Bogage is appealing the trial court’s denial of his motion for a directed verdict on the breach of contract claims.
If the trial court judge’s decision on the attorneys' fee-shifting issue stands, it would create new law in the area of contractually agreed-to fee-shifting, with an impact on thousands of executive contracts already in existence as well as executive contracts negotiated in the future, a Dentons spokeswoman told Bloomberg BNA Feb. 11.
Besides the legal precedent at stake, the case is significant to Cousin because of the unusual logistical problems it presented. The six-week jury trial in New Brunswick, N.J., occurred soon after Hurricane Sandy struck the area. The storm had knocked out the electricity in Cousin’s house, so he “was preparing for trial by reading transcripts by flashlight.” The numerous year-end holidays also interrupted the flow of the trial.
Cousin relished the challenge. “When you have the opportunity to go to trial, and then the trial lasts for six weeks in front of a jury, and then you win, that’s a really special thing,” he said.
Cousin tries to ensure that associates in his practice group learn litigation skills. “These days not a lot of trials happen. So many cases get settled,” he said. In addition to the rarity of trials, clients’ frugality during the past few years makes it “even harder than you’d imagine” to involve associates in litigation. “Clients are watching,” he said, often insisting that a partner rather than an associate do the courtroom work.
Sometimes Cousin will accept a smaller case so his associates can get some useful experience. “I try to give people as much responsibility as they can handle,” he said. “I train associates, and I try to put them in situations as soon as they can take it.”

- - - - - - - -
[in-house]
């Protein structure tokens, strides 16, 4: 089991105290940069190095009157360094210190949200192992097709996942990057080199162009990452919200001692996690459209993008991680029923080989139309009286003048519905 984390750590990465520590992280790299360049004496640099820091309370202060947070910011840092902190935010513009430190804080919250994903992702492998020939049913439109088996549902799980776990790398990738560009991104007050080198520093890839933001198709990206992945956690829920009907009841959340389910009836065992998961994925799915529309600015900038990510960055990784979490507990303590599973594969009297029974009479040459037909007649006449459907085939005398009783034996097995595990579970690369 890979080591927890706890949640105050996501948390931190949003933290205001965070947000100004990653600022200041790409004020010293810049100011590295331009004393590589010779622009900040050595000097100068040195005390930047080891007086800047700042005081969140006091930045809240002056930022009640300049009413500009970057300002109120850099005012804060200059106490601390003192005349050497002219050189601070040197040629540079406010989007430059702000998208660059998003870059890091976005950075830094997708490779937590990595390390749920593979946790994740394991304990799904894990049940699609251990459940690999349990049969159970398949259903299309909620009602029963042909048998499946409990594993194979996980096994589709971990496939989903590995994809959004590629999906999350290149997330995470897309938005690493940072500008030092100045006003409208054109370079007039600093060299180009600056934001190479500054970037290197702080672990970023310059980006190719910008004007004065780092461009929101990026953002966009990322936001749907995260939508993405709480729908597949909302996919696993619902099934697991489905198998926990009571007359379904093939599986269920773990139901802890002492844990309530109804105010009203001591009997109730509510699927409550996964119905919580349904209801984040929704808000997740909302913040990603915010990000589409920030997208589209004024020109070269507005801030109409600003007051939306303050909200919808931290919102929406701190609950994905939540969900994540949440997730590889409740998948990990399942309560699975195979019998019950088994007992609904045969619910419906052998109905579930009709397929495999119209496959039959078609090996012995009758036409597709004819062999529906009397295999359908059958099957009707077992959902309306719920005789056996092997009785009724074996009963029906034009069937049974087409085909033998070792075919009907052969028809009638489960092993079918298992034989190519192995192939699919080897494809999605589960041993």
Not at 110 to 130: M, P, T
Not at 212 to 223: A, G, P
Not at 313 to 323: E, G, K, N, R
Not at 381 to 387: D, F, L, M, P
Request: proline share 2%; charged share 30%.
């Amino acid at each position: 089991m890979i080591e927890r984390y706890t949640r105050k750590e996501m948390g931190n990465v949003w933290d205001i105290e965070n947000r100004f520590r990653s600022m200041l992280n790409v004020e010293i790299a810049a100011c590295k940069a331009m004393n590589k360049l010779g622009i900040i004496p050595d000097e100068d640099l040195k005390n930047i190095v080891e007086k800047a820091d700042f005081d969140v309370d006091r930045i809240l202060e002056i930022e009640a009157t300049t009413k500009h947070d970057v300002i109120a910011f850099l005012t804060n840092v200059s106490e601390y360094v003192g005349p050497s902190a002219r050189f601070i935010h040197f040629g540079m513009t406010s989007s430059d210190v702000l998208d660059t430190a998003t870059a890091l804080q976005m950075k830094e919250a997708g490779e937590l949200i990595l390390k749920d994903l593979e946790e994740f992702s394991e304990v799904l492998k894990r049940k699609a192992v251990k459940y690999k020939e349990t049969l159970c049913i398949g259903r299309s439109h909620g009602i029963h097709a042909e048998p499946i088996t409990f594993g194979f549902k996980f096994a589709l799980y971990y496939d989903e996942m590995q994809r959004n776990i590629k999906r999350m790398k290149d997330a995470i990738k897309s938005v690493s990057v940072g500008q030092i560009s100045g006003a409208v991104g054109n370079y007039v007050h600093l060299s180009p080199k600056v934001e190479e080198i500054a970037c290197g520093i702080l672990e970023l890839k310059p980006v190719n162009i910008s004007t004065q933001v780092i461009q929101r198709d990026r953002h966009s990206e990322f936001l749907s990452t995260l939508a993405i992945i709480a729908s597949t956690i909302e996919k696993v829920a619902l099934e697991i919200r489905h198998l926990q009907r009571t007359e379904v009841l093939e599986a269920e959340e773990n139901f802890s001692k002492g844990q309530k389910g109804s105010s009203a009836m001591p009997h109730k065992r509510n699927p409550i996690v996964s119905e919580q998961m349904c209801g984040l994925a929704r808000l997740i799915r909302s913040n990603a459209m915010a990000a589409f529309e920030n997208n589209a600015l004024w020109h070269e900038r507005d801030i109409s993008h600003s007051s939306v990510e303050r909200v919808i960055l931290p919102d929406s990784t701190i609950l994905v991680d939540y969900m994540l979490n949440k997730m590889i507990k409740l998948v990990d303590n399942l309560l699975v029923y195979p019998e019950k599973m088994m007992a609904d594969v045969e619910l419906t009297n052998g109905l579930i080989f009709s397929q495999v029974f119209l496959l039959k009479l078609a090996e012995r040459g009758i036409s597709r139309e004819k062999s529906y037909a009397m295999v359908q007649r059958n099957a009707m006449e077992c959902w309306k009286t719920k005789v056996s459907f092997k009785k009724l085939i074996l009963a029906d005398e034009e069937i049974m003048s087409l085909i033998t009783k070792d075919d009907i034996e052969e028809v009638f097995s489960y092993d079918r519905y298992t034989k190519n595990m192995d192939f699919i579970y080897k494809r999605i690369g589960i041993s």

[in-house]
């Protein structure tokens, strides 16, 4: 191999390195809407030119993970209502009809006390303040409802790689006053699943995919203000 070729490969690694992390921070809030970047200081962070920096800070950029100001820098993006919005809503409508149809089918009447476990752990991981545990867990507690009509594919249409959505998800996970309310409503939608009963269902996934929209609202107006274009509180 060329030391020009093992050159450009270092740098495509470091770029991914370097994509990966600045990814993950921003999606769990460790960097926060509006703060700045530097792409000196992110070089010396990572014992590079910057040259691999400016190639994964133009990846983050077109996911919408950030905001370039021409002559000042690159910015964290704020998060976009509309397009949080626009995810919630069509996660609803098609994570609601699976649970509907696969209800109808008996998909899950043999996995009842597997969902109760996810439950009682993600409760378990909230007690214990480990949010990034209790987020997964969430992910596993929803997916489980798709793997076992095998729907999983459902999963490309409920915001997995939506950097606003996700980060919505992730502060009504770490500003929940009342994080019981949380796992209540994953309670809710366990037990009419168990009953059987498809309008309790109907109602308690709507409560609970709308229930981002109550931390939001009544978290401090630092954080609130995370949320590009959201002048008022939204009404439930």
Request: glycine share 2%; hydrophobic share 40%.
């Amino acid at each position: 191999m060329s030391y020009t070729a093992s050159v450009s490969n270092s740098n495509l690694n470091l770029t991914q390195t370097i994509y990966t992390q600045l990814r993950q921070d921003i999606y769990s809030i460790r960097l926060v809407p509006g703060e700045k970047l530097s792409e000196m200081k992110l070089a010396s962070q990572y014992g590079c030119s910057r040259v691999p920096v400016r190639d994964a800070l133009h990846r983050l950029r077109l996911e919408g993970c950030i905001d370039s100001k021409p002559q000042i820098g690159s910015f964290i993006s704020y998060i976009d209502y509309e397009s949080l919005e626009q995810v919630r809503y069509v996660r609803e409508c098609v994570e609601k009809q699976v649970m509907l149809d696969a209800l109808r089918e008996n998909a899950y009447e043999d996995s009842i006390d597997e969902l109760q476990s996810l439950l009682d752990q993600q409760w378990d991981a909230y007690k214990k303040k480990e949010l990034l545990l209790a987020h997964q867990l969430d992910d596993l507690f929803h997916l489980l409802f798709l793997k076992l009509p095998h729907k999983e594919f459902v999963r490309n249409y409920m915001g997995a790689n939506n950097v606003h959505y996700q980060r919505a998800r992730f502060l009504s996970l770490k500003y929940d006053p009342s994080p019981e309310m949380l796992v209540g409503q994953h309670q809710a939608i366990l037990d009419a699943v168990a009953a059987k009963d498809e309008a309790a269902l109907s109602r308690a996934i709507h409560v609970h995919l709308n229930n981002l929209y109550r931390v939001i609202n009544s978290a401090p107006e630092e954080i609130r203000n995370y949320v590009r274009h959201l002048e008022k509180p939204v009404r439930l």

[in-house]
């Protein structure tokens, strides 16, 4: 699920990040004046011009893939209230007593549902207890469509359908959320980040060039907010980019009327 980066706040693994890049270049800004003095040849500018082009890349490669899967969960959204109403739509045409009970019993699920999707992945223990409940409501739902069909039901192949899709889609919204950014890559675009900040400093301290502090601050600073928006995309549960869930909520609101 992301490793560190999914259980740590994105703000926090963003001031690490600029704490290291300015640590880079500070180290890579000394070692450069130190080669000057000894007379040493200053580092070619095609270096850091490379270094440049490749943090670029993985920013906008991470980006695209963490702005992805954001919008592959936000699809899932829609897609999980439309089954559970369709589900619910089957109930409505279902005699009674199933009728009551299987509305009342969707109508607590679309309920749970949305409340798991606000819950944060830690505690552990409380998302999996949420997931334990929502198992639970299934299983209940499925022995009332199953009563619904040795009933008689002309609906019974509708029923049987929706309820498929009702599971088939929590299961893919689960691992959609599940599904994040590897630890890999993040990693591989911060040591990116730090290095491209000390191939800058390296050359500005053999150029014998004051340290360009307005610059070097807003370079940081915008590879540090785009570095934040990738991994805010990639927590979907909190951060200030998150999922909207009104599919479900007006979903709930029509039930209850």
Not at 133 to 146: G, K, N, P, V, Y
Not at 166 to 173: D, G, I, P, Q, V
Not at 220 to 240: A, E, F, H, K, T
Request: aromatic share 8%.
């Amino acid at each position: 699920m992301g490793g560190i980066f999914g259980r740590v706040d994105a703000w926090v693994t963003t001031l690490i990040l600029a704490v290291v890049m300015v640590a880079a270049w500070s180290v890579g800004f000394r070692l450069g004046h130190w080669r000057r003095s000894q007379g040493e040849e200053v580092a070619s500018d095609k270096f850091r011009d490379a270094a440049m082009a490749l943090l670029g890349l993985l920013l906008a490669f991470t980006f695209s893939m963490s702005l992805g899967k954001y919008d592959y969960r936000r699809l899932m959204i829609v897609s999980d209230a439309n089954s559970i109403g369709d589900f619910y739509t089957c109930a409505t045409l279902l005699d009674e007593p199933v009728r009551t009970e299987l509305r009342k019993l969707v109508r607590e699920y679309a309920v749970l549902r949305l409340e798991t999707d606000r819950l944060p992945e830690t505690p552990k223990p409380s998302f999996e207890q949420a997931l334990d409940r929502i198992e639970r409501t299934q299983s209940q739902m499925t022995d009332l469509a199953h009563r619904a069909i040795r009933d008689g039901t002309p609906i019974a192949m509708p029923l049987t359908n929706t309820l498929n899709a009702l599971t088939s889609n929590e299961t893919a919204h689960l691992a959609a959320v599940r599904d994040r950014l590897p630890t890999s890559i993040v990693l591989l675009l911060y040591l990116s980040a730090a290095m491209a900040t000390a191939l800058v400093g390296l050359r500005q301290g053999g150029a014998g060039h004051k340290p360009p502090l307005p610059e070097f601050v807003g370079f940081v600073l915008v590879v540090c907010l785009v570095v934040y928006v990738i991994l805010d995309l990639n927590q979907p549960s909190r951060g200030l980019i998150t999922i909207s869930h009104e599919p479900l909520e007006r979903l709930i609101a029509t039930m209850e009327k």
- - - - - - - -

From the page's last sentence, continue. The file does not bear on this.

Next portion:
Despite his enjoyment of trial work, Cousin acknowledges that in employment law, “advice and counsel is critical.” He takes many pro bono assignments from the Lawyers Alliance for New York, which connects pro bono lawyers with not-for-profit clients. These matters provide associates with “great experience counseling clients” and performing such tasks as writing employee handbooks and drafting employee offer and termination letters. “I try to let the associates run those engagements as much as they can,” Cousin said. “You wind up with a better, seasoned lawyer.”
Cousin himself does a lot of advising and counseling, including contract work for individual executives. He says his experience in litigation cases is “really handy” when he's representing clients who are negotiating their employment contracts for top corporate posts.
In particular, he says, he has “a big advantage” in non-compete and choice of law issues. These issues can become significant because high-level executives tend to change jobs every three to five years, he said.
Maintaining ties with these executives is part of Cousin's business plan. “Those executive contract matters turn into business” representing the corporation where the executives go to work, he said. “Based on that trust that they put in you,” it becomes easier to pitch other lines of work.
Cousin went to college at Columbia University in New York. He majored in sociology and considered getting a graduate degree in that subject but ultimately decided to attend law school at Rutgers in Newark, N.J.
He said Rutgers had a great mock trial program, in which he advanced to the final round of competition. He was less successful in his foray into politics, however. “I ran for student government, and I lost,” he said.
Cousin's other interests include sports. He’s coached his sons’ baseball and basketball teams for 10 years. In addition, he's served on the board at his temple.
He also enjoys watching movies. “I love Terminator, the whole series. I love Arnold Schwarzenegger in those movies.”